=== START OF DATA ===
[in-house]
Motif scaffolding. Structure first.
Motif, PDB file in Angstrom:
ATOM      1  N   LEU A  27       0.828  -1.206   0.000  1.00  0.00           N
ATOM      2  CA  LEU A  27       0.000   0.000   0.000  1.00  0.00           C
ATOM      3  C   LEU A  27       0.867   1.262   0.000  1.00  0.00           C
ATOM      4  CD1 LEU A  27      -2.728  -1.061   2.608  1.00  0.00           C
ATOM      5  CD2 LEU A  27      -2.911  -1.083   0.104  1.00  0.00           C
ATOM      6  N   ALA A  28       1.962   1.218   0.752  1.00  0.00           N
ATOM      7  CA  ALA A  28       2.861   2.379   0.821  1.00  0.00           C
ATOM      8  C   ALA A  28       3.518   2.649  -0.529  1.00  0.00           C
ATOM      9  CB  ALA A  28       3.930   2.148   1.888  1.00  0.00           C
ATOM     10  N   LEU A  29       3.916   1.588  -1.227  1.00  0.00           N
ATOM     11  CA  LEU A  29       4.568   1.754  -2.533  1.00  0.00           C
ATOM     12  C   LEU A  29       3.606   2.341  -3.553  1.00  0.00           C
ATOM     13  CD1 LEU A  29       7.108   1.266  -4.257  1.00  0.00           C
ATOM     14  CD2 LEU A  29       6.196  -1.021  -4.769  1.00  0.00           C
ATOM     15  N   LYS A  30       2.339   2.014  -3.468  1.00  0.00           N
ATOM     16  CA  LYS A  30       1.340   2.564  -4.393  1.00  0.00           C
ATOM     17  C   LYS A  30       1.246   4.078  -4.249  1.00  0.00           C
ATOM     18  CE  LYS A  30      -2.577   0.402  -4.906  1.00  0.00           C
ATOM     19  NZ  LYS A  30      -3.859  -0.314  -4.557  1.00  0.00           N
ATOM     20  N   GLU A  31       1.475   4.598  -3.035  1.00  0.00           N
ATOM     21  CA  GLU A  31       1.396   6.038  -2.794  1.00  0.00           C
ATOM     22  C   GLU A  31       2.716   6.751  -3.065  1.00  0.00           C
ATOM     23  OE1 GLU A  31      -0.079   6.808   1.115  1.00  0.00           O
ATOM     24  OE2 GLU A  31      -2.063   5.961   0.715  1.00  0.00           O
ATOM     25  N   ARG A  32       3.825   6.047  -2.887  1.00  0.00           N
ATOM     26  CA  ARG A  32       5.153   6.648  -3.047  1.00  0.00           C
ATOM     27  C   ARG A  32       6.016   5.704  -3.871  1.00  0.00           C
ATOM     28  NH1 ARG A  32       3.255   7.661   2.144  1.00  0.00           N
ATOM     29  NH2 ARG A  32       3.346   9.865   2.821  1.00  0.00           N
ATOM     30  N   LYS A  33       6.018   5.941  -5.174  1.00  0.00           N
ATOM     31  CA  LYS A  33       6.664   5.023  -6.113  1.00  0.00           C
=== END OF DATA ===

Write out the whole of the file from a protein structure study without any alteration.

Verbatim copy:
[in-house]
Motif scaffolding. Structure first.
Motif, PDB file in Angstrom:
ATOM      1  N   LEU A  27       0.828  -1.206   0.000  1.00  0.00           N
ATOM      2  CA  LEU A  27       0.000   0.000   0.000  1.00  0.00           C
ATOM      3  C   LEU A  27       0.867   1.262   0.000  1.00  0.00           C
ATOM      4  CD1 LEU A  27      -2.728  -1.061   2.608  1.00  0.00           C
ATOM      5  CD2 LEU A  27      -2.911  -1.083   0.104  1.00  0.00           C
ATOM      6  N   ALA A  28       1.962   1.218   0.752  1.00  0.00           N
ATOM      7  CA  ALA A  28       2.861   2.379   0.821  1.00  0.00           C
ATOM      8  C   ALA A  28       3.518   2.649  -0.529  1.00  0.00           C
ATOM      9  CB  ALA A  28       3.930   2.148   1.888  1.00  0.00           C
ATOM     10  N   LEU A  29       3.916   1.588  -1.227  1.00  0.00           N
ATOM     11  CA  LEU A  29       4.568   1.754  -2.533  1.00  0.00           C
ATOM     12  C   LEU A  29       3.606   2.341  -3.553  1.00  0.00           C
ATOM     13  CD1 LEU A  29       7.108   1.266  -4.257  1.00  0.00           C
ATOM     14  CD2 LEU A  29       6.196  -1.021  -4.769  1.00  0.00           C
ATOM     15  N   LYS A  30       2.339   2.014  -3.468  1.00  0.00           N
ATOM     16  CA  LYS A  30       1.340   2.564  -4.393  1.00  0.00           C
ATOM     17  C   LYS A  30       1.246   4.078  -4.249  1.00  0.00           C
ATOM     18  CE  LYS A  30      -2.577   0.402  -4.906  1.00  0.00           C
ATOM     19  NZ  LYS A  30      -3.859  -0.314  -4.557  1.00  0.00           N
ATOM     20  N   GLU A  31       1.475   4.598  -3.035  1.00  0.00           N
ATOM     21  CA  GLU A  31       1.396   6.038  -2.794  1.00  0.00           C
ATOM     22  C   GLU A  31       2.716   6.751  -3.065  1.00  0.00           C
ATOM     23  OE1 GLU A  31      -0.079   6.808   1.115  1.00  0.00           O
ATOM     24  OE2 GLU A  31      -2.063   5.961   0.715  1.00  0.00           O
ATOM     25  N   ARG A  32       3.825   6.047  -2.887  1.00  0.00           N
ATOM     26  CA  ARG A  32       5.153   6.648  -3.047  1.00  0.00           C
ATOM     27  C   ARG A  32       6.016   5.704  -3.871  1.00  0.00           C
ATOM     28  NH1 ARG A  32       3.255   7.661   2.144  1.00  0.00           N
ATOM     29  NH2 ARG A  32       3.346   9.865   2.821  1.00  0.00           N
ATOM     30  N   LYS A  33       6.018   5.941  -5.174  1.00  0.00           N
ATOM     31  CA  LYS A  33       6.664   5.023  -6.113  1.00  0.00           C